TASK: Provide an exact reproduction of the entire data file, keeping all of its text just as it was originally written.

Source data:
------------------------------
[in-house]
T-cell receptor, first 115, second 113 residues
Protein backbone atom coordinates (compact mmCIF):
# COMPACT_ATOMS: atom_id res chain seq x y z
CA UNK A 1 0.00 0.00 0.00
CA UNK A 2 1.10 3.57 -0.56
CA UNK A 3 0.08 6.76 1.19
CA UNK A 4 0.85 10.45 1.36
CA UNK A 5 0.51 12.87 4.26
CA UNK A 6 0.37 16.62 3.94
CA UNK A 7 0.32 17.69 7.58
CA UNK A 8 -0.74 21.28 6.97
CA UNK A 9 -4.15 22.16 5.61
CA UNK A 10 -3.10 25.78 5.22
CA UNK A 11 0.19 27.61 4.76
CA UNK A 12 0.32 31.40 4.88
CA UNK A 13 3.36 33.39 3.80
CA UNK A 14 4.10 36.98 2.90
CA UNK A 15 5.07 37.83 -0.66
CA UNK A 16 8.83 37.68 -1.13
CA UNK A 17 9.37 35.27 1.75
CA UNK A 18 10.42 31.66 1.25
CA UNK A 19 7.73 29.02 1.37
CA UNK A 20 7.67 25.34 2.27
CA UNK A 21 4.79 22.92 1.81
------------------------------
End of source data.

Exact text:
[in-house]
T-cell receptor, first 115, second 113 residues
Protein backbone atom coordinates (compact mmCIF):
# COMPACT_ATOMS: atom_id res chain seq x y z
CA UNK A 1 0.00 0.00 0.00
CA UNK A 2 1.10 3.57 -0.56
CA UNK A 3 0.08 6.76 1.19
CA UNK A 4 0.85 10.45 1.36
CA UNK A 5 0.51 12.87 4.26
CA UNK A 6 0.37 16.62 3.94
CA UNK A 7 0.32 17.69 7.58
CA UNK A 8 -0.74 21.28 6.97
CA UNK A 9 -4.15 22.16 5.61
CA UNK A 10 -3.10 25.78 5.22
CA UNK A 11 0.19 27.61 4.76
CA UNK A 12 0.32 31.40 4.88
CA UNK A 13 3.36 33.39 3.80
CA UNK A 14 4.10 36.98 2.90
CA UNK A 15 5.07 37.83 -0.66
CA UNK A 16 8.83 37.68 -1.13
CA UNK A 17 9.37 35.27 1.75
CA UNK A 18 10.42 31.66 1.25
CA UNK A 19 7.73 29.02 1.37
CA UNK A 20 7.67 25.34 2.27
CA UNK A 21 4.79 22.92 1.81